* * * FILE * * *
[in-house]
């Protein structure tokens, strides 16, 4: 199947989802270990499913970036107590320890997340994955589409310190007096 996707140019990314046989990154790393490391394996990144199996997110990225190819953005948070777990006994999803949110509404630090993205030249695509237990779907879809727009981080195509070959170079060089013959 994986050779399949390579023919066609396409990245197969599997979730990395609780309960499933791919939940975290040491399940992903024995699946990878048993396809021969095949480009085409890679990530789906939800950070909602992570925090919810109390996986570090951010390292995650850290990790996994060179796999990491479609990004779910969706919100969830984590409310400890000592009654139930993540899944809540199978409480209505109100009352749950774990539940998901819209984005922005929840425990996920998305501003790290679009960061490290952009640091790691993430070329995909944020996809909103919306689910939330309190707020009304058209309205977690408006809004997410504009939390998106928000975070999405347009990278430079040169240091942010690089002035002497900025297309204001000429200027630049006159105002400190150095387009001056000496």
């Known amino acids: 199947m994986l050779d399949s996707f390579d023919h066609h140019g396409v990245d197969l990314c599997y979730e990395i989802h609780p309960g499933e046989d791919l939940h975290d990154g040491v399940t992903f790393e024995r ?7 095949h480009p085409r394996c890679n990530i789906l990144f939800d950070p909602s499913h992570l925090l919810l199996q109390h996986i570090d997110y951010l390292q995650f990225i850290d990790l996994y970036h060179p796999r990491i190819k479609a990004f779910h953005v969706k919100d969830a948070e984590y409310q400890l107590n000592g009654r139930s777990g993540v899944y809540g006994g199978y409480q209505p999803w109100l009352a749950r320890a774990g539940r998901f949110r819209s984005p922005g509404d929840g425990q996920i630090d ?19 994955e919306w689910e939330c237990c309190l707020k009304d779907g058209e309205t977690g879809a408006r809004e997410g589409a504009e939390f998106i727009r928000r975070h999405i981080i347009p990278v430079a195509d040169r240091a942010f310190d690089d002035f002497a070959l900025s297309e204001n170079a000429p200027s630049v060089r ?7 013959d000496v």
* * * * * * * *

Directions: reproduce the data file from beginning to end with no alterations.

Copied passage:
[in-house]
């Protein structure tokens, strides 16, 4: 199947989802270990499913970036107590320890997340994955589409310190007096 996707140019990314046989990154790393490391394996990144199996997110990225190819953005948070777990006994999803949110509404630090993205030249695509237990779907879809727009981080195509070959170079060089013959 994986050779399949390579023919066609396409990245197969599997979730990395609780309960499933791919939940975290040491399940992903024995699946990878048993396809021969095949480009085409890679990530789906939800950070909602992570925090919810109390996986570090951010390292995650850290990790996994060179796999990491479609990004779910969706919100969830984590409310400890000592009654139930993540899944809540199978409480209505109100009352749950774990539940998901819209984005922005929840425990996920998305501003790290679009960061490290952009640091790691993430070329995909944020996809909103919306689910939330309190707020009304058209309205977690408006809004997410504009939390998106928000975070999405347009990278430079040169240091942010690089002035002497900025297309204001000429200027630049006159105002400190150095387009001056000496």
């Known amino acids: 199947m994986l050779d399949s996707f390579d023919h066609h140019g396409v990245d197969l990314c599997y979730e990395i989802h609780p309960g499933e046989d791919l939940h975290d990154g040491v399940t992903f790393e024995r ?7 095949h480009p085409r394996c890679n990530i789906l990144f939800d950070p909602s499913h992570l925090l919810l199996q109390h996986i570090d997110y951010l390292q995650f990225i850290d990790l996994y970036h060179p796999r990491i190819k479609a990004f779910h953005v969706k919100d969830a948070e984590y409310q400890l107590n000592g009654r139930s777990g993540v899944y809540g006994g199978y409480q209505p999803w109100l009352a749950r320890a774990g539940r998901f949110r819209s984005p922005g509404d929840g425990q996920i630090d ?19 994955e919306w689910e939330c237990c309190l707020k009304d779907g058209e309205t977690g879809a408006r809004e997410g589409a504009e939390f998106i727009r928000r975070h999405i981080i347009p990278v430079a195509d040169r240091a942010f310190d690089d002035f002497a070959l900025s297309e204001n170079a000429p200027s630049v060089r ?7 013959d000496v």